«The purpose of this Law is to protect the legal rights and interests of investors in the territory of Mongolia, to establish a common legislative guarantee for investment, to encourage investment, to stabilize the tax environment, to determine the rights and obligations of investors and the competences of a government body related to investment and to regulate other relations pertaining to investment.»

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U.S. Senators Urge Mongolia to Lift Travel Ban on Detained Kapla

By Michael Kohn and Christopher Donville

February 4 (Bloomberg) Two U.S. senators have asked Mongolia to allow U.S. businessman Justin Kapla, who is a witness in a corruption investigation, to exit the country.

Minnesota senators Amy Klobuchar and Al Franken requested Mongolia allow Kapla to return to the U.S. on "humanitarian" grounds to spend time with his ailing stepfather, according to copies of the letters that Kapla sent to Bloomberg News. The letters were confirmed by Erik Wadkins, a press assistant in Klobuchar's office in Washington, D.C., and Michael Dale-Stein, deputy press secretary in Franken's Washington, D.C. office.

Kapla has been blocked from leaving Mongolia since October 2012 when investigators designated him a witness in a criminal case against D. Batkhuyag, the former chairman of Mongolia's Mineral Resource Authority. At the time, Kapla was president of SouthGobi Sands, a coal miner whose Hong Kong-listed parent SouthGobi Resources Ltd. is majority owned by Rio Tinto Group.

Batkhuyag was jailed last February for six 1/2 years for illegally issuing more than 100 mining licenses, according to Mongolian news agency His sentence was later reduced to four years, the outlet reported. The anti-corruption agency's probe found he had reissued four suspended SouthGobi permits and transfered another license to a company run by associates, according to and UB Post newspaper reports.

Government Audit

Kapla, no longer employed by SouthGobi Sands, was later accused of money laundering and tax evasion by Mongolia's anti-corruption authority, although no charges were formally made, he said in an e-mail on Jan 28. Shirchin Sukhbaatar, the director of the consular department of the Ministry of Foreign Affairs, was not immediately available to comment when contacted by Bloomberg News today. Both letters were addressed to Sukhbaatar.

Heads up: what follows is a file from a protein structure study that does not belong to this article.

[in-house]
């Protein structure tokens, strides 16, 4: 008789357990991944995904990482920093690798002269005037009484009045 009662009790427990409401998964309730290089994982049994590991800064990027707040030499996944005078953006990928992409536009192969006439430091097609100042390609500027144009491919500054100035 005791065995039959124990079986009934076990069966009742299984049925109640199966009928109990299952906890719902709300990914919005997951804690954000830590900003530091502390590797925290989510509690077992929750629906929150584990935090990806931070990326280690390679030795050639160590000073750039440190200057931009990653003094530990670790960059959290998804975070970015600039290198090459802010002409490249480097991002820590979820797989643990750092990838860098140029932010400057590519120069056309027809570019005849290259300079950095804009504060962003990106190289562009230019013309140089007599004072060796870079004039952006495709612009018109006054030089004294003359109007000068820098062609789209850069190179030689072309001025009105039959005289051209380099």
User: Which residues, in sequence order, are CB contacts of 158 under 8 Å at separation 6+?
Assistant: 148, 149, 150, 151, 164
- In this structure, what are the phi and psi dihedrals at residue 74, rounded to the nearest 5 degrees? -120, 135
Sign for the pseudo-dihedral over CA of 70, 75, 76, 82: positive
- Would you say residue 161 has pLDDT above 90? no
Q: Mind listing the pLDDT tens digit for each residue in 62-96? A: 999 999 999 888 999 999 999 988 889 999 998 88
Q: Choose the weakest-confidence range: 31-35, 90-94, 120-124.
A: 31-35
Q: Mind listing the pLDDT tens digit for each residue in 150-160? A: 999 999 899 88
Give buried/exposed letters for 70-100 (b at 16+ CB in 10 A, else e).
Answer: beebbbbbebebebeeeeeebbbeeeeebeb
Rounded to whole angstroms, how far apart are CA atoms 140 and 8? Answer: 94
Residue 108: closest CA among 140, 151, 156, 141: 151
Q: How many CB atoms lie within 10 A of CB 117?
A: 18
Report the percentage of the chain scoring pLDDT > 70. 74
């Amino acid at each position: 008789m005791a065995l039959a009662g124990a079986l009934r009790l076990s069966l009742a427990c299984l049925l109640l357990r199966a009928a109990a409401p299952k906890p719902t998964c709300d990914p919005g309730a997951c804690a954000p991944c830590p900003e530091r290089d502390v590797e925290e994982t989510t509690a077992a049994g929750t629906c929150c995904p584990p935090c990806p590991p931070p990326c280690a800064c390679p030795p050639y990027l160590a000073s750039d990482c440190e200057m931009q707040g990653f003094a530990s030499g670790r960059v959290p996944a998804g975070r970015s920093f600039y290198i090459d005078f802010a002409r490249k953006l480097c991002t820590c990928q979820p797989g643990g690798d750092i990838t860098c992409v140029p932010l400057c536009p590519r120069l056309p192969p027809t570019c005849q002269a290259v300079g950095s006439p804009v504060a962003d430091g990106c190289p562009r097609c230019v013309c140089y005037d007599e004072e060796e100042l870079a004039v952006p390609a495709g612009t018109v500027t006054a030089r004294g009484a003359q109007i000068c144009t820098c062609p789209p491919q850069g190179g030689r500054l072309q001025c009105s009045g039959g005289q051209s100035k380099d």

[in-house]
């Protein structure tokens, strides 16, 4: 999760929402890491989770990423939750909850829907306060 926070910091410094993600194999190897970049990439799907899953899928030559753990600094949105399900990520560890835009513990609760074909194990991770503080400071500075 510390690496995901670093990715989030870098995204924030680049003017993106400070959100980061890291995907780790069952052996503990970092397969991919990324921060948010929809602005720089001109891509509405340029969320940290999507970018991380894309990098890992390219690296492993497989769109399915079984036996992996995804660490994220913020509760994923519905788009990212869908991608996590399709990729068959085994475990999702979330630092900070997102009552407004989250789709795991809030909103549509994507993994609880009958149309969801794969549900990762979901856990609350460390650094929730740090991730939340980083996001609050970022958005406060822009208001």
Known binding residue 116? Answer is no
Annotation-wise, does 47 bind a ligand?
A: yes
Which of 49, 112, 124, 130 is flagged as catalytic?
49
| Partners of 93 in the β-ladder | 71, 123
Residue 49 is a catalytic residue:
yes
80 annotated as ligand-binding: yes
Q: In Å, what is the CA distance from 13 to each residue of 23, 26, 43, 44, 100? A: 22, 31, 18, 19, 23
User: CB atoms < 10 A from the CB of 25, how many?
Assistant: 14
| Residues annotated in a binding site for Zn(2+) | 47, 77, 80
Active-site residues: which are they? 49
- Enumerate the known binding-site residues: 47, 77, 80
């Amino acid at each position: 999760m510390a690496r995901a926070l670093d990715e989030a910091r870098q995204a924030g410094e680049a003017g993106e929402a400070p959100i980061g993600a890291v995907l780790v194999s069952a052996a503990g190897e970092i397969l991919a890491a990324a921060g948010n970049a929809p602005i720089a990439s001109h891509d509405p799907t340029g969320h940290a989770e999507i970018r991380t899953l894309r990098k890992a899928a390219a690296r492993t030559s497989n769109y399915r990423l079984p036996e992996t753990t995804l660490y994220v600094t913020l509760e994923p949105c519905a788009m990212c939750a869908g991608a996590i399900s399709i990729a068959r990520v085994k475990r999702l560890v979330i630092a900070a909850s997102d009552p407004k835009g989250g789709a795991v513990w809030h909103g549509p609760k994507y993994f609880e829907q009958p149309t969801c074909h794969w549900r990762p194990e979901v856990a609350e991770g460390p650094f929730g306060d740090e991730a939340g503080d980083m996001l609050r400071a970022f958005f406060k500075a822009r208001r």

A native of Elk River, Minnesota, Kapla met with authorities on Jan. 29 to review the government's audit of SouthGobi's accounts. He received a seven-page summary of the audit, which showed ongoing differences between the two sides, he said. SouthGobi Resources has received the forensics expert report from the investigator and is reviewing it, said Bertrand Troiano, SouthGobi's chief financial officer, who is based in Hong Kong.

Travel Bans

"The ban is still in effect - that is the only leverage they have on SouthGobi," Kapla said on Jan. 30 in an interview by phone from Ulaanbaatar. "Everyone thought that it was going to change and we were all very disappointed in this latest result."

Mongolia imposes travel bans on foreigners designated a witness or suspect in a criminal case. Australian lawyer Sarah Armstrong was held for two months in late 2012 in connection with the SouthGobi case.

Two former colleagues at SouthGobi, Hilarium Cajucom and Cristobal David, both Philippine nationals, have also been banned from exiting the country in connection with the investigation.

SouthGobi Resources is also listed in Toronto.

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Credit Suisse Seeks 'Minegolia' Exit as Bank Deal Sours

February 5 (Bloomberg) Mongolia sits atop so much mineral wealth -- an estimated $1.3 trillion in gold, copper, coal and iron ore -- that it's sometimes called "Minegolia." It's among the world's fastest-growing economies.

Even so, some of its bigger foreign investors want out.

The recent turmoil at Golomt Bank LLC, one of Mongolia's biggest lenders, illuminates some of the reasons.

Credit Suisse Group AG and Abu Dhabi's sovereign wealth fund invested in Golomt in the past half decade, seeking a share of the country's promised bounty. Those hopes have soured amid allegations that one of Golomt's owners arranged loans he didn't report, hid defaults for years and, as the bank's board called for probes, oversaw the destruction of financial records, according to documents reviewed by Bloomberg News.